I have a model $$Y=\beta_0 + \beta_1 x_1 + \beta_2x_2 +\epsilon$$

I would like the minimum variance unbiased estimate of $\gamma=\beta_1 + \beta_2$. Assuming the Gauss Markov conditions hold, but $x_1$ and $x_2$ are correlated, is there a more efficient way to estimate $\gamma$ than running OLS and adding the estimates of $\beta_1$ and $\beta_2$?

Given that var($\hat{\theta}$)=var($\hat{\beta_1}$)+var($\hat{\beta_2}$)+2cov($\hat{\beta_1},\hat{\beta_2}$) I'm specifically wondering if there is a GLS estimator that reduces cov($\hat{\beta_1},\hat{\beta_2}$) faster than it increases the variance of the individual estimates.


2 Answers 2


The Gauss-Markov theorem states that the covariance matrix of any unbiased estimator $\tilde{\beta} \ne \hat{\beta}_{OLS}$ exceeds that of $\hat{\beta}_{OLS}$ by a positive semidefinite matrix. Let's label the OLS covariance matrix $\Omega$ and the positive semidefinite matrix $D$. The variance of the sum of the OLS estimates can be written as $\iota' \Omega \iota$, where $\iota$ is a vector of ones of the appropriate length. For a non-OLS estimator, the variance of the sum is:

$\sigma^2_\Sigma = \iota' (\Omega + D) \iota = \iota' \Omega \iota + \iota' D \iota \geq \iota' \Omega \iota$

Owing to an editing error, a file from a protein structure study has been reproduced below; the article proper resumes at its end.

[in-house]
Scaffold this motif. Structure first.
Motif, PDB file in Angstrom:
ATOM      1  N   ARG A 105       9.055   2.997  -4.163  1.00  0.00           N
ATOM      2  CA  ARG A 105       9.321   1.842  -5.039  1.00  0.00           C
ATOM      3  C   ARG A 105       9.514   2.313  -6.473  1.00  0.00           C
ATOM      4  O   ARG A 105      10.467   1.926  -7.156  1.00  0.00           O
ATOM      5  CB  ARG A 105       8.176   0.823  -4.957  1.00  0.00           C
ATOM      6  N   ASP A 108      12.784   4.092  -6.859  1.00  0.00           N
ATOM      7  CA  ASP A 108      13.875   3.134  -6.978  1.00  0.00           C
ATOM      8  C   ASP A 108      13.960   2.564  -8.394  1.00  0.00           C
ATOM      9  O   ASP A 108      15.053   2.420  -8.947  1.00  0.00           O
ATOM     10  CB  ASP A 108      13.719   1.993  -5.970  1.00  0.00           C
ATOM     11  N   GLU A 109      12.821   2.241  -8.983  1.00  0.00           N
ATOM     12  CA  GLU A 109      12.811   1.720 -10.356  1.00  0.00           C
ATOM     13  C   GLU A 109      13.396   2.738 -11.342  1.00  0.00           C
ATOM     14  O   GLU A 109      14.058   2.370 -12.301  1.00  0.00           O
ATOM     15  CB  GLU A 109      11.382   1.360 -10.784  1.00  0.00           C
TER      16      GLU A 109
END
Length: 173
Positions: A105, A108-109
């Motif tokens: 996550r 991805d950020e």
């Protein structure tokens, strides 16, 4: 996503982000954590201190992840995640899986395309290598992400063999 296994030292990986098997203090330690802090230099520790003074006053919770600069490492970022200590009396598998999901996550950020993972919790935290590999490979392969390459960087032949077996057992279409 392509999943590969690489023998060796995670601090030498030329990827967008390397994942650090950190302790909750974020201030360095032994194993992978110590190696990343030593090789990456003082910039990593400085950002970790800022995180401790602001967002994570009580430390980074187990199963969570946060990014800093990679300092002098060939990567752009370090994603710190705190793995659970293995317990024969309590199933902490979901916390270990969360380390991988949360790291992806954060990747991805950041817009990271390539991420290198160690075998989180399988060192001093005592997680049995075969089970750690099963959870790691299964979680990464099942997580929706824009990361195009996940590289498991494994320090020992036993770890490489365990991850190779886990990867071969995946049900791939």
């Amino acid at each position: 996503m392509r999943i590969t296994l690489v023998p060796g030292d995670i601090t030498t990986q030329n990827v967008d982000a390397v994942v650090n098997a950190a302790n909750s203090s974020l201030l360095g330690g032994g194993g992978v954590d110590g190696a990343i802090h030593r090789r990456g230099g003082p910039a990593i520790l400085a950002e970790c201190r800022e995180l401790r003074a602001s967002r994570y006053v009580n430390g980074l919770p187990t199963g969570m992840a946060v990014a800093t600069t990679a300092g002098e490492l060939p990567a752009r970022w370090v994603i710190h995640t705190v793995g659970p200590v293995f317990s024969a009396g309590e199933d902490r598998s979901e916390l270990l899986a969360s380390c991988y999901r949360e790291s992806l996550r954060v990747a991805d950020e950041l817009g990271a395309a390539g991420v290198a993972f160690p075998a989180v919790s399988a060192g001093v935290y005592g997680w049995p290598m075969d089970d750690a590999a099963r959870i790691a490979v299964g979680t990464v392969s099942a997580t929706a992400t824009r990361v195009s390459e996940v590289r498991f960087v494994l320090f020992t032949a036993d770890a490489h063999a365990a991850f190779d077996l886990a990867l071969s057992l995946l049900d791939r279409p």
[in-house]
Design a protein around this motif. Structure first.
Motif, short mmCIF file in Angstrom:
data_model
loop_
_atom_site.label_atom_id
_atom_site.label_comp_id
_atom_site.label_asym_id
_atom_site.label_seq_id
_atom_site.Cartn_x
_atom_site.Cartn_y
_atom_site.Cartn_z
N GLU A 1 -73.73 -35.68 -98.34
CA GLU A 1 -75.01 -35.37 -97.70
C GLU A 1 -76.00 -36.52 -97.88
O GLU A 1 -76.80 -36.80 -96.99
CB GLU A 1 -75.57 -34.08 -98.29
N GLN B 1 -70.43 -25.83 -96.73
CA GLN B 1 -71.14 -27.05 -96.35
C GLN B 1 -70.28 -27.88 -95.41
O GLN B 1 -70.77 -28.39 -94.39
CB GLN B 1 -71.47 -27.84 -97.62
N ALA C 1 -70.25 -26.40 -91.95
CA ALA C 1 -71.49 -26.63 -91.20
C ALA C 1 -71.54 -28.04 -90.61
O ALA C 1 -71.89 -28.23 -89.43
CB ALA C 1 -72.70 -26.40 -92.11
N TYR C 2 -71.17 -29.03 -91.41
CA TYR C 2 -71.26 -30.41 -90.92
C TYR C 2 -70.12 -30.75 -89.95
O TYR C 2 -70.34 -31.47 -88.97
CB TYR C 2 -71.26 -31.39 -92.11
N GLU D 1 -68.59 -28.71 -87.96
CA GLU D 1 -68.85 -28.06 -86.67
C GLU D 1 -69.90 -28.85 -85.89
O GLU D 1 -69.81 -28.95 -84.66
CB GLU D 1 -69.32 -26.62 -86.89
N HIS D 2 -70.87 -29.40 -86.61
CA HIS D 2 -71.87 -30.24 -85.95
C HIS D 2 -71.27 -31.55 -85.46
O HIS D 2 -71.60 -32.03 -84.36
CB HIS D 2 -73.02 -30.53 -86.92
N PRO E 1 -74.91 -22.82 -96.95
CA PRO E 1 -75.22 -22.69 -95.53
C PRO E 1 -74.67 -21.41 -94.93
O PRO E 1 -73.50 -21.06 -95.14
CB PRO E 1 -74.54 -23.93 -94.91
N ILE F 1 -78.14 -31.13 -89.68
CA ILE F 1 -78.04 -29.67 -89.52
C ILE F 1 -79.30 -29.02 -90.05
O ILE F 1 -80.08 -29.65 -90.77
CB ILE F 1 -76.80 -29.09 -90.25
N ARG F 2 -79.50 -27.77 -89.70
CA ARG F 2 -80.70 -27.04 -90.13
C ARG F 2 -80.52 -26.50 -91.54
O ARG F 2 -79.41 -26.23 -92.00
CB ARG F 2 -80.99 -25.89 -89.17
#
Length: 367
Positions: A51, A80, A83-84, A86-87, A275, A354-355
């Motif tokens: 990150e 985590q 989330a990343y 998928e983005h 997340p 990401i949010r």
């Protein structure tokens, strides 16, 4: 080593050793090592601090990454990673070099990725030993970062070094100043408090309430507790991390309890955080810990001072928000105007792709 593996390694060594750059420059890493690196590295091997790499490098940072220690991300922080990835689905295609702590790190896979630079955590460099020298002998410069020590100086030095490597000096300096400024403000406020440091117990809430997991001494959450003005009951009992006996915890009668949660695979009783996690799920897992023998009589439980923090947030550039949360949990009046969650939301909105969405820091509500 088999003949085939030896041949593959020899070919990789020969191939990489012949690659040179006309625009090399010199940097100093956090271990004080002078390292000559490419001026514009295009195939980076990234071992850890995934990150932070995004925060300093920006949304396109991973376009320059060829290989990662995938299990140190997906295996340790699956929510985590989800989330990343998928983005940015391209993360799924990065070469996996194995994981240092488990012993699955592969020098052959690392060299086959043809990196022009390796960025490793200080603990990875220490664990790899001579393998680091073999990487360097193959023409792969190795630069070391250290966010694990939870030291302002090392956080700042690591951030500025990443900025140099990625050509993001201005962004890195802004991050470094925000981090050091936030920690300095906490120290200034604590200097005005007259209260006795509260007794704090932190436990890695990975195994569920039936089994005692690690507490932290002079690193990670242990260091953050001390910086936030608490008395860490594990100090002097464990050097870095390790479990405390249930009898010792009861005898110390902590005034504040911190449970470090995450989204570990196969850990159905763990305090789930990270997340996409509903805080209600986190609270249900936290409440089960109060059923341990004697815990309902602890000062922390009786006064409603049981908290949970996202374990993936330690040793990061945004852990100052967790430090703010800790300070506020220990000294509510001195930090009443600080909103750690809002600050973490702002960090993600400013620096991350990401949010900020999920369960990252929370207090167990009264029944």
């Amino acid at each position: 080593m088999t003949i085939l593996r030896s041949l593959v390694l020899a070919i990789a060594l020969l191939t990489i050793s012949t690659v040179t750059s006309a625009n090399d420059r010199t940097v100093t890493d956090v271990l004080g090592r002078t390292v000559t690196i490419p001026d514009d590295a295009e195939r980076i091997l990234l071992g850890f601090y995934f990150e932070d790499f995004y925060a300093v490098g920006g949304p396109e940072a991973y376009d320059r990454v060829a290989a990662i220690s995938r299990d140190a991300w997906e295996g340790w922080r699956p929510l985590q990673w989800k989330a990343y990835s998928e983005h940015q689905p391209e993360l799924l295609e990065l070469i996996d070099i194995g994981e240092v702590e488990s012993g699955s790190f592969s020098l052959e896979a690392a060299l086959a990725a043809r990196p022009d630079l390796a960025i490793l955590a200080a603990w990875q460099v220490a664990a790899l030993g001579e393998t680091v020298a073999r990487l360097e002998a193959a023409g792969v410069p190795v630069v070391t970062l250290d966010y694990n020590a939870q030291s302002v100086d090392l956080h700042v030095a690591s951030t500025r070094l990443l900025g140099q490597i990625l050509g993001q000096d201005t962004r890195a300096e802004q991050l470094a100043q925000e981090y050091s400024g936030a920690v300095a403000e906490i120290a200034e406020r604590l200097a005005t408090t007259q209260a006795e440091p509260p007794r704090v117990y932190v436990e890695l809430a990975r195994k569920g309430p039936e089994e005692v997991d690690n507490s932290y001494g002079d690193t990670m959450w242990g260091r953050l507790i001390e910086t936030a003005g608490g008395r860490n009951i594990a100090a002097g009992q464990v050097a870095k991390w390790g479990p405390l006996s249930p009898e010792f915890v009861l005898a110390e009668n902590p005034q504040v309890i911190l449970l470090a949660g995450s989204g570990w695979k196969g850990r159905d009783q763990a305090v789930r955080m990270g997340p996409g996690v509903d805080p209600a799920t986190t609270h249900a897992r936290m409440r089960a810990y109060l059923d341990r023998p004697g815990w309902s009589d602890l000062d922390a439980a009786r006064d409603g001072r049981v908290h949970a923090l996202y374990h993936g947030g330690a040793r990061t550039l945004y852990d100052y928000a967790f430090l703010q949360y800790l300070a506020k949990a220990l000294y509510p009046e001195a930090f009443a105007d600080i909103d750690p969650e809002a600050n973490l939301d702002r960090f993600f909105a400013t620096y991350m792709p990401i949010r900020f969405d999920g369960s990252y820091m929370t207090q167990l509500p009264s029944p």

as $D$ is positive semidefinite. Therefore, the sum of the OLS parameter estimates is the minimum variance unbiased estimator of the true sum of the parameters.

In fact, this applies to any weighted sum of the parameter estimates, not just the unweighted sum.


The short answer is no. By the Gauss-Markov theorem, if you want an unbiased estimator, then the OLS is the minimum variance estimator.

However, if you relax the unbiasedness condition, you can get better expected mean square error by using some kind of regularization (e.g. ridge regression).

  • $\begingroup$ The G-M theorem says OLS is the MVUE for the individual parameters. It does not specifically say OLS is MVUE for an estimate of the sum of parameters. $\endgroup$
    – DanB
    Commented Jun 1, 2011 at 21:01
  • $\begingroup$ I think it's valid for any linear combination of the parameters: planetmath.org/encyclopedia/GaussMarkovLinearModel.html $\endgroup$
    – djma
    Commented Jun 2, 2011 at 1:50
  • $\begingroup$ your link does not prove that. $\endgroup$
    – mpiktas
    Commented Jun 2, 2011 at 6:05
  • $\begingroup$ Adding to mpiktas comment, that link says that OLS is a lower variance estimator of y than any other linear combination of variables. It does not discuss the estimation of a linear combination of parameters. $\endgroup$
    – DanB
    Commented Jun 2, 2011 at 17:22

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